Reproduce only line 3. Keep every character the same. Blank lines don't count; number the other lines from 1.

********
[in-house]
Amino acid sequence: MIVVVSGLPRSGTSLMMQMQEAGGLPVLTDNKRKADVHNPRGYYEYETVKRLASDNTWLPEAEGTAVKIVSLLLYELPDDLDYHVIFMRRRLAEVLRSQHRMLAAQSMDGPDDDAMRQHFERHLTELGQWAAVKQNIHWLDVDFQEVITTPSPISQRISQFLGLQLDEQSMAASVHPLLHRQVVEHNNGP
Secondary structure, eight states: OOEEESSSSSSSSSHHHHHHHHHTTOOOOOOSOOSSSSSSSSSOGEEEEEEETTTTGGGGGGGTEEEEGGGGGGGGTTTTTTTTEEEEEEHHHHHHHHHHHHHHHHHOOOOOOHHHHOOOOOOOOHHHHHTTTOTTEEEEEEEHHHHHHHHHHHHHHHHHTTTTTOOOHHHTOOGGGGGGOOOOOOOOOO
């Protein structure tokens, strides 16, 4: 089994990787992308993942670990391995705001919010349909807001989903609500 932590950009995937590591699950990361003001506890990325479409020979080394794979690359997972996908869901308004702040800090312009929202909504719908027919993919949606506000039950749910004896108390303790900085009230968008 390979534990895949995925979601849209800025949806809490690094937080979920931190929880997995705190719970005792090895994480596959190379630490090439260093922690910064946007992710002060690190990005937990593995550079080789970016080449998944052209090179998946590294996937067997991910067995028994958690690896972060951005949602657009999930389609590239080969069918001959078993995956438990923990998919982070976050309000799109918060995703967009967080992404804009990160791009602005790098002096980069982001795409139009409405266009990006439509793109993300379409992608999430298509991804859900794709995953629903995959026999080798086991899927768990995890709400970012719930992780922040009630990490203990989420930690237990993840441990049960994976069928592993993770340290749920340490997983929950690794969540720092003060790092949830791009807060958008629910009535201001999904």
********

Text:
Secondary structure, eight states: OOEEESSSSSSSSSHHHHHHHHHTTOOOOOOSOOSSSSSSSSSOGEEEEEEETTTTGGGGGGGTEEEEGGGGGGGGTTTTTTTTEEEEEEHHHHHHHHHHHHHHHHHOOOOOOHHHHOOOOOOOOHHHHHTTTOTTEEEEEEEHHHHHHHHHHHHHHHHHTTTTTOOOHHHTOOGGGGGGOOOOOOOOOO